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Thus lullaby my youth, mine eyes,

My will, my ware, and all that was : I can no more delays devise ;

But welcome pain, let pleasure pass. With lullaby now take your leave, With lullaby your dreams deceive, And when you rise with waking eye, Remember then this lullaby.

NICHOLAS BRETON,

1542–1626

VII.

A PASTORAL OF PHILLIS AND CORYDON.

N a hill there grows a flower,

Fair befall the dainty sweet ;
By that flower there is a bower,

Where the heavenly Muses meet.

;

In that bower there is a chair,

Fringed all about with gold ;
Where doth sit the fairest fair

That ever eye did yet behold.

It is Phillis fair and bright,

She that is the shepherd's joy ;
She that Venus did despite,

And did blind her little boy.

This is she, the wise, the rich,

That the world desires to see ;
This is ipsa qua the which,

There is none but only she.

Who would not this face admire ?

Who would not this saint adore ?
Who would not this sight desire,

Though he thought to see no more?

Oh fair eyes, yet let me see,

One good look, and I am gone;
Look on me, for I am he,

Thy poor silly Corydon.

Thou that art the shepherd's queen,

Look upon thy silly swain ;
By thy comfort have been seen

Dead men brought to life again.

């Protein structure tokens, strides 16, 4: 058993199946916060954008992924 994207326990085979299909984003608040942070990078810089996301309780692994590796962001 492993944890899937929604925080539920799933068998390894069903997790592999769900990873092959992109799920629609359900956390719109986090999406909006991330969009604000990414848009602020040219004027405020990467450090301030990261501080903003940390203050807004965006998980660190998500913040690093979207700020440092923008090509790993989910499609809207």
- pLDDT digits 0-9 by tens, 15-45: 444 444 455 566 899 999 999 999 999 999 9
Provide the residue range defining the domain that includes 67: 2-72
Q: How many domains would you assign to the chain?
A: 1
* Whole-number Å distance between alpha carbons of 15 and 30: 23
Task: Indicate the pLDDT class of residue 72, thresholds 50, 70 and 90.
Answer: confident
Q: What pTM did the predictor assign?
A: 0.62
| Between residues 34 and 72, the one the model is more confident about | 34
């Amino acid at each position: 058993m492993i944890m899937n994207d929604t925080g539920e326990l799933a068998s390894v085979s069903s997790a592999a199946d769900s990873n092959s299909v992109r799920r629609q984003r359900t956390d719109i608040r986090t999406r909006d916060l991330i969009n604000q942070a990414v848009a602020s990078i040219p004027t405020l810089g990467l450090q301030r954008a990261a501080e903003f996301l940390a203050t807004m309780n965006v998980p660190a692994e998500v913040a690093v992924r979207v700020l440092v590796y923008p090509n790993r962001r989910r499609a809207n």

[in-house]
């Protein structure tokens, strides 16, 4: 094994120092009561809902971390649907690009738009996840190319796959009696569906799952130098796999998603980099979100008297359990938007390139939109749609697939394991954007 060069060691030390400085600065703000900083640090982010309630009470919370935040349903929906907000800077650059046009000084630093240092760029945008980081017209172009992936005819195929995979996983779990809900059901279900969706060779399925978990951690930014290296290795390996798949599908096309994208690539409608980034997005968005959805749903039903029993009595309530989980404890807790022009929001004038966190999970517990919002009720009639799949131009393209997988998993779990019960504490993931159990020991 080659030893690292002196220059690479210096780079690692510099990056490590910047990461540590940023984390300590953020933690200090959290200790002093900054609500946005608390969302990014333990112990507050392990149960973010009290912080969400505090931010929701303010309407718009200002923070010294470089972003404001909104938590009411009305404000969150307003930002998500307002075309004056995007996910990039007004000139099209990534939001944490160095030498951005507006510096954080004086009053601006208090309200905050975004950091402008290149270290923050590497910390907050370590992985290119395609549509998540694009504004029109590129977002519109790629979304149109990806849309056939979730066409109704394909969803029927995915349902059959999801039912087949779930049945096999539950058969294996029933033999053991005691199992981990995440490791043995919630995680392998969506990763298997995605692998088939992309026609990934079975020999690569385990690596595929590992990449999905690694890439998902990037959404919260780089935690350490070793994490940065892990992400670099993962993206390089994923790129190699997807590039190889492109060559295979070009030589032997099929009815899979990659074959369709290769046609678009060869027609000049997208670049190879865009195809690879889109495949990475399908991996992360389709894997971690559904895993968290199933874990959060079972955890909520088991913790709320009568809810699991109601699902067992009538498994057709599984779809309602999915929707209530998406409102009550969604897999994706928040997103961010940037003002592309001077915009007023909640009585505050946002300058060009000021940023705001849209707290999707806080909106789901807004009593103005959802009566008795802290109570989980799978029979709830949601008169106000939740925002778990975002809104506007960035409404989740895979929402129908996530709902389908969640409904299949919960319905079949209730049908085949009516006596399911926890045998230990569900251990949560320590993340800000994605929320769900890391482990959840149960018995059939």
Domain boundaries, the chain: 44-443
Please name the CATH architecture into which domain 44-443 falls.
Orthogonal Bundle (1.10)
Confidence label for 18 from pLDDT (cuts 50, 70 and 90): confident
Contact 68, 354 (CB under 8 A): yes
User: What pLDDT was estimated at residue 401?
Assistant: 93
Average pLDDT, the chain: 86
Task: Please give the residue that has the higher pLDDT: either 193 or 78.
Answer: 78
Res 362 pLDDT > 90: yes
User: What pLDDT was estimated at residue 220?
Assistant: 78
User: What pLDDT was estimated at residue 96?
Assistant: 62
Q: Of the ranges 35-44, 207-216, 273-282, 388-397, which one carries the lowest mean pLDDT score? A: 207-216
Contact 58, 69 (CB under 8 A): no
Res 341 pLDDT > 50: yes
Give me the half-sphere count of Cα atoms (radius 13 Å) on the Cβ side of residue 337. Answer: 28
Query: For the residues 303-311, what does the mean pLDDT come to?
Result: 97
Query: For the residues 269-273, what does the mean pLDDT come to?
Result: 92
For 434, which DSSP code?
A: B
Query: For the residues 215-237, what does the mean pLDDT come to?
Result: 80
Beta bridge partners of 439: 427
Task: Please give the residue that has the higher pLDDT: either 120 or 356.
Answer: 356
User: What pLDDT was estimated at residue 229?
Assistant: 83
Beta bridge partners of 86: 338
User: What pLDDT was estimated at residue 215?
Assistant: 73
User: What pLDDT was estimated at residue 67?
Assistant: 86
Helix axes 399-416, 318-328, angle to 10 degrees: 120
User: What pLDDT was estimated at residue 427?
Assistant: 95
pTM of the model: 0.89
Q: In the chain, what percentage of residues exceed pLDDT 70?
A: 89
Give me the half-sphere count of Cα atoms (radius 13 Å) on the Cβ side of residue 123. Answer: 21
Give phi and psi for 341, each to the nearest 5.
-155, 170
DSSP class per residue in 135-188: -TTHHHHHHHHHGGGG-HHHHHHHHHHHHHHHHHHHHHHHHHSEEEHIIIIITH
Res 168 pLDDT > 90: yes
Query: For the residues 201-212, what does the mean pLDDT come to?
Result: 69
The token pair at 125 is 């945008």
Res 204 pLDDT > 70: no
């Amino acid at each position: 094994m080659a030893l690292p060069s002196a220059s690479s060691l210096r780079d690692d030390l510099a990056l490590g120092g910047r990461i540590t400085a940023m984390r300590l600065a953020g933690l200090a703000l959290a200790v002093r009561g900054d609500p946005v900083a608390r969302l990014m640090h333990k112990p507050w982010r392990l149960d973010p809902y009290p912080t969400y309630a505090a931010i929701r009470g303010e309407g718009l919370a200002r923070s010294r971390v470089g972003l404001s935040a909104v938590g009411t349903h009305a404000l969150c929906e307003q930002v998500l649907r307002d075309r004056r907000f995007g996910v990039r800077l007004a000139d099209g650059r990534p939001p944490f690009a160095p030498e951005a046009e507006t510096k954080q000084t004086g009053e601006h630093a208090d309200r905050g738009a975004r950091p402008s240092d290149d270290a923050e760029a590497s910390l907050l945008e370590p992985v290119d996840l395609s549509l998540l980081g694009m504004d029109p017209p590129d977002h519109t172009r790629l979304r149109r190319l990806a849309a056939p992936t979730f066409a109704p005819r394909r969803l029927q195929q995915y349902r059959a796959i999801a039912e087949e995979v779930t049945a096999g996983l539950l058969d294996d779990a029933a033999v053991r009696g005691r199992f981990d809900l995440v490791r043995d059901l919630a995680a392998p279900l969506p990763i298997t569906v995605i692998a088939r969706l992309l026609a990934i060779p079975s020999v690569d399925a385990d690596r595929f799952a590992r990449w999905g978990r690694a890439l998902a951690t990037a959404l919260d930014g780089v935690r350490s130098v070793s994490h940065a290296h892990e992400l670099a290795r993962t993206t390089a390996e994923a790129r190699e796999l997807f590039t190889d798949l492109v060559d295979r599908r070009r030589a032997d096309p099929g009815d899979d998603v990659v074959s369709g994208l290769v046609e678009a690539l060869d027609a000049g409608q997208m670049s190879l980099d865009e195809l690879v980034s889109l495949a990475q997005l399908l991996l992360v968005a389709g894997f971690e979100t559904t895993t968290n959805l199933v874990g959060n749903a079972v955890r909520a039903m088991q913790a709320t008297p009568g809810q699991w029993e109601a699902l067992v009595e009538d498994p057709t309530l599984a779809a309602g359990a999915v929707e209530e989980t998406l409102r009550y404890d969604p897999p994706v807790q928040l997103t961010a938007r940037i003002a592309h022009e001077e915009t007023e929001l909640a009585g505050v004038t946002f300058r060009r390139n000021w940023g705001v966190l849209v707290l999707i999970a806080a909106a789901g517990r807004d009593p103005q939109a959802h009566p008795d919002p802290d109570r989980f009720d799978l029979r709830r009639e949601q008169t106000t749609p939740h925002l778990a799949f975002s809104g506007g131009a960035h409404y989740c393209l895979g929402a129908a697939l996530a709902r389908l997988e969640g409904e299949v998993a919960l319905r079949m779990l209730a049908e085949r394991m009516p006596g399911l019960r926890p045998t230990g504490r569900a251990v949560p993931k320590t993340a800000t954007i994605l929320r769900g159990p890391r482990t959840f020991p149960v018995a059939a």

VIII.

CORYDON'S SUPPLICATION TO PHILLIS.

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WEET Phillis, if a silly swain,

May sue to thee for grace;
See not thy loving shepherd slain,

With looking on thy face.
But think what power thou hast got,

Upon my flock and me;
Thou seest they now regard me not,

But all do follow thee.

And if I have so far presum'd,

With prying in thine eyes;
Yet let not comfort be consum'd,

That in thy pity lies.
But as thou art that Phillis fair,

That Fortune favour gives;
So let not Love die in despair,

That in thy favour lives. The deer do browse upon the brier,

The birds do pick the cherries; And will not Beauty grant Desire

One handful of her berries ? If it be so that thou hast sworn

That none shall look on thee; Yet let me know thou dost not scorn

To cast a look on me. But if thy beauty make thee proud,

Think then what is ordain'd ; The heavens have never yet allow'd

That Love should be disdain'd. Then lest the fates that favour Love,

Should curse thee for unkind; Let me report for thy behoof,

The honour of thy mind ; Let Corydon with full consent,

Set down what he hath seen ; That Phillida with Love's content,

Is sworn the Shepherd's Queen.

IX.

OLDEN LOVE-MAKING.

IN

N time of yore when shepherds dwelt

Upon the mountain rocks ;
And simple people never felt

The pain of lovers' mocks ;
But little birds would carry tales

'Twixt Susan and her sweeting ;
And all the dainty nightingales

Did sing at lovers' meeting ;
Then might you see what looks did pass

Where shepherds did assemble ;
And where the life of true love was,

When hearts could not dissemble.

Then yea and nay was thought an oath

That was not to be doubted;
And when it came to faith and troth

We were not to be flouted.
Then did they talk of curds and cream,

Of butter, cheese, and milk;
There was no speech of sunny beam

Nor of the golden silk.

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